Submitteed by Vivian Gudgell
WASHINGTON THOMAS - DEAD
August 6, 1908
Washington Thomas, pioneer settler and founder of Thomas, Illinois and one of the best known and highly respected citizens south of Tampico passed away at his home in New Bedford last week, Thurs. afternoon about 2:30 o'clock. Death was due to an attack of pneumonia, which resulted from a severe cold contracted a week previous. His constitution, on account of his advanced age, was not able to combat the disease.
The funeral services were held Saturday afternoon at one o'clock in the Swedish Lutheran Church West of New Bedford. Internment was in the Yorktown Cemetery. Rev. Mason of the Yorktown Christian Church officiated at the service.
There were a number of pretty floral designs, among them a pillow with the Masonic emblem, sent by the brethern of the Tampico Masonic Lodge.
Washington Thomas, like many of the early settlers of Yorktown and vicinity, came from New York State, where he was born Nov 3, 1825 in Steuben County. His early manhood was spent in the Old Empire State where he was married to Miss Sarah Bennett, July 2 1848, The young couple came west shortly after their marriage and settled, at first, near Millford, Illinois, where they resided a couple of years, and then moved to Yorkville where they lived until 1872, when they moved to the farm South of what is now the hamlet of Thomas. Several years ago, they moved to New Bedford which has since been their home.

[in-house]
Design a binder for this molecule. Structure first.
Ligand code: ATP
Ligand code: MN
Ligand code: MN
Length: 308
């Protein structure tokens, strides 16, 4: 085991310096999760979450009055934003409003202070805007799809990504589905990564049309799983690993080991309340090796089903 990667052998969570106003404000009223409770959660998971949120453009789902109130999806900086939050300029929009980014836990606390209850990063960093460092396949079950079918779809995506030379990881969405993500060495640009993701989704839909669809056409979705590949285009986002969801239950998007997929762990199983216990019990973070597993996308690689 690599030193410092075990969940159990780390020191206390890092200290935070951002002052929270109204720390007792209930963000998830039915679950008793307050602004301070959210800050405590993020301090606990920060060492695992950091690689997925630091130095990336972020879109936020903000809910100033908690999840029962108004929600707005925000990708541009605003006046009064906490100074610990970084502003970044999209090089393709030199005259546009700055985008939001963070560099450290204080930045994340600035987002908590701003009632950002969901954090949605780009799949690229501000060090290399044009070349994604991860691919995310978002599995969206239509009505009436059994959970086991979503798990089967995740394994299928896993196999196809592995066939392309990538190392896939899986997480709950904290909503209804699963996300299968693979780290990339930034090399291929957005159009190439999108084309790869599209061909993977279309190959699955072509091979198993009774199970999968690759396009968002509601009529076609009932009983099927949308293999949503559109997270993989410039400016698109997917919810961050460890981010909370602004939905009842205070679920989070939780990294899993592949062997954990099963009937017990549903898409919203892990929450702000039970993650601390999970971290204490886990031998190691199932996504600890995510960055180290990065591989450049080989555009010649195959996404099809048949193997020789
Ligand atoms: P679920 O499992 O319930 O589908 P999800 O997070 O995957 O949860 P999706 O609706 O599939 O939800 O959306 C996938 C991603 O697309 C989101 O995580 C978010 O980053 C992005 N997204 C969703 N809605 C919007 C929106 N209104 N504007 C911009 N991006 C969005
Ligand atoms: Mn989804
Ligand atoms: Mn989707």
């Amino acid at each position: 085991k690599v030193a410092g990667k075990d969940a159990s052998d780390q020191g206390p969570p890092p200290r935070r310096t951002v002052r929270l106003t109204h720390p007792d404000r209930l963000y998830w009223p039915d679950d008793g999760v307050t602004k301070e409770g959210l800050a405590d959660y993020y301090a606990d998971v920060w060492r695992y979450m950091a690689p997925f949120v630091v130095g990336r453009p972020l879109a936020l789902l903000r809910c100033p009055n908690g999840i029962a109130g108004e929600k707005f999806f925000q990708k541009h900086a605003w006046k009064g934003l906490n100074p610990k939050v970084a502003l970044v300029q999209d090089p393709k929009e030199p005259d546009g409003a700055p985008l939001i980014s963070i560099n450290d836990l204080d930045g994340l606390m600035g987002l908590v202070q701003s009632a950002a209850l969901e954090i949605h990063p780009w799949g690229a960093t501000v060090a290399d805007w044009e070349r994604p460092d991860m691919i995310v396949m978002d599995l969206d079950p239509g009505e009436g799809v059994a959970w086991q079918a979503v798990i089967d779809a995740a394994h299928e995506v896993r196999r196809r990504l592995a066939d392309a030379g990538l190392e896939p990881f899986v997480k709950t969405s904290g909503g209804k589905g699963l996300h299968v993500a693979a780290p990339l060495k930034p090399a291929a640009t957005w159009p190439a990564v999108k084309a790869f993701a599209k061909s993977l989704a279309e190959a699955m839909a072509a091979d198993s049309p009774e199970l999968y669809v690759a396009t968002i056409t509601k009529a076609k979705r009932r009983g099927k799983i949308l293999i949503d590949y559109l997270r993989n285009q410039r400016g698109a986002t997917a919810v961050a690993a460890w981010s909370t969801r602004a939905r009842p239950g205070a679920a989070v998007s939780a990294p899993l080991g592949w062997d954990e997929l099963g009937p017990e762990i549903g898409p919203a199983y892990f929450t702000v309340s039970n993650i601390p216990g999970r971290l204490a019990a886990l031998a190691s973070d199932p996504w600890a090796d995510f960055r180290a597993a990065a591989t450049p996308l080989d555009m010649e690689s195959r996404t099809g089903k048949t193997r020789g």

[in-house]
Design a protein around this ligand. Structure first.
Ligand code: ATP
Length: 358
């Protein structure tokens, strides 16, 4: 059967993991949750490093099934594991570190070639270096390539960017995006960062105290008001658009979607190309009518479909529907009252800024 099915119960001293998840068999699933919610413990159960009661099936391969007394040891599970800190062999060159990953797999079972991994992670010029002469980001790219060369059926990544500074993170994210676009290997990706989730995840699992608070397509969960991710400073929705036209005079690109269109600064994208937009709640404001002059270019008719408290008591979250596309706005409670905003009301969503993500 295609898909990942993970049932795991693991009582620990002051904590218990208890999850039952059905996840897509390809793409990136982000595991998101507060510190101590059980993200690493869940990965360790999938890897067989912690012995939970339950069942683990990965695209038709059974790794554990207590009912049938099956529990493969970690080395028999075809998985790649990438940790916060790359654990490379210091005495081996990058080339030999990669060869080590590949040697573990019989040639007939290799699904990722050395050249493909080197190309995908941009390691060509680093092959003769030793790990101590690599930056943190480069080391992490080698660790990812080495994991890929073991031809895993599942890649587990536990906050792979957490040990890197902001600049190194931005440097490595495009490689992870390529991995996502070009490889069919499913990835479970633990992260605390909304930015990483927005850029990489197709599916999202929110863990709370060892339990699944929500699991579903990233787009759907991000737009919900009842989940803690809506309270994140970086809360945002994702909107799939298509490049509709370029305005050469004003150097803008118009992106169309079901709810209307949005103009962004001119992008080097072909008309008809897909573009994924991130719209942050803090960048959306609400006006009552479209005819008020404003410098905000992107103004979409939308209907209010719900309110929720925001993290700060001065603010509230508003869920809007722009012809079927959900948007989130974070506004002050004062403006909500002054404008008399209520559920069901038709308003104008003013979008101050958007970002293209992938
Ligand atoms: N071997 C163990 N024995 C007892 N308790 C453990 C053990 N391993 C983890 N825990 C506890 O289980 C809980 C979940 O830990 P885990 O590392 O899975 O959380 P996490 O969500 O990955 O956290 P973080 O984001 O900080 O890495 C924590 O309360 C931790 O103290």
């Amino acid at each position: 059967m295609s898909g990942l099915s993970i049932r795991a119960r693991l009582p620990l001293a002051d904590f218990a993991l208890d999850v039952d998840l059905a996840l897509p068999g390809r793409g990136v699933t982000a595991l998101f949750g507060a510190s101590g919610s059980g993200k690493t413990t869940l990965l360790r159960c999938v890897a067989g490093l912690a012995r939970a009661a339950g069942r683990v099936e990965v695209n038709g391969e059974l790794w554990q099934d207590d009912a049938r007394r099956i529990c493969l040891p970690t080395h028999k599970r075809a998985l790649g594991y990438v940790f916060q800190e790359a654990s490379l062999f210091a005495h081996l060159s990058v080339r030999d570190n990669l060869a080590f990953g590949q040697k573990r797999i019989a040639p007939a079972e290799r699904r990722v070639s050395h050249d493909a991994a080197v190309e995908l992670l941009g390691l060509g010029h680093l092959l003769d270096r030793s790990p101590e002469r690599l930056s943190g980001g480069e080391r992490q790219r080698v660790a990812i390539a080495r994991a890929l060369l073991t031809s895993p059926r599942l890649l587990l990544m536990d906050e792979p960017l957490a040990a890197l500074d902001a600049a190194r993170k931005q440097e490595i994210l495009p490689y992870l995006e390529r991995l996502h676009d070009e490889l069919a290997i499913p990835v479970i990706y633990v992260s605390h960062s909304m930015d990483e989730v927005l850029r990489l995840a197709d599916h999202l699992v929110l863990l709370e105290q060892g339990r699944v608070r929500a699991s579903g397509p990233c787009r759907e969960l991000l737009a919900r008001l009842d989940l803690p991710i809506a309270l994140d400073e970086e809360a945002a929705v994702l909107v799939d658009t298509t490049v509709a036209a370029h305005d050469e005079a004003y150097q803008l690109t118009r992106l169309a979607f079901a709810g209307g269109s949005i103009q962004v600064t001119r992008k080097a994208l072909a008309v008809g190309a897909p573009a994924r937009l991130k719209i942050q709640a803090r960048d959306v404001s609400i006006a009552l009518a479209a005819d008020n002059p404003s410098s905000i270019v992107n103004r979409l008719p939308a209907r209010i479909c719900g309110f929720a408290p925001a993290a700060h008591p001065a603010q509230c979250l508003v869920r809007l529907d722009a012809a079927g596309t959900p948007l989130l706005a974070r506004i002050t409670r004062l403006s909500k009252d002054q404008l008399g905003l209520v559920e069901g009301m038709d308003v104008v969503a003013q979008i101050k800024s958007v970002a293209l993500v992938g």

Mr Thomas was the first postmaster of Thomas and when a name was being selected for the newly established office, it was called Thomas in his honor. Assisted by his son William, the elder Thomas held the post office until he moved away from the place.
Mr. thomas was supervisor of his township for years, was treasurer of the drainage district, and held other important offices always giving satisfaction.
He was a liberal giver to all good purposes and was a kind, considerate father to his children. Mr and Mrs. Thomas were a nice old couple and as the years rolled by their affection for each other seemed to deepen, so that the blow and hurt for the widow who, bent with the weight of years, had scarcely recovered from the shock of a bad fall, when misfortune came again.
The wife and three children - Will Thomas, a merchant of Thomas, Illinois - John Thomas, who conducts a hotel at New Bedford - and Mrs. Annie Hodgeboom of Kewanee, survive, and have the sympathy of many friends in Tampico on the death of their husband and father`.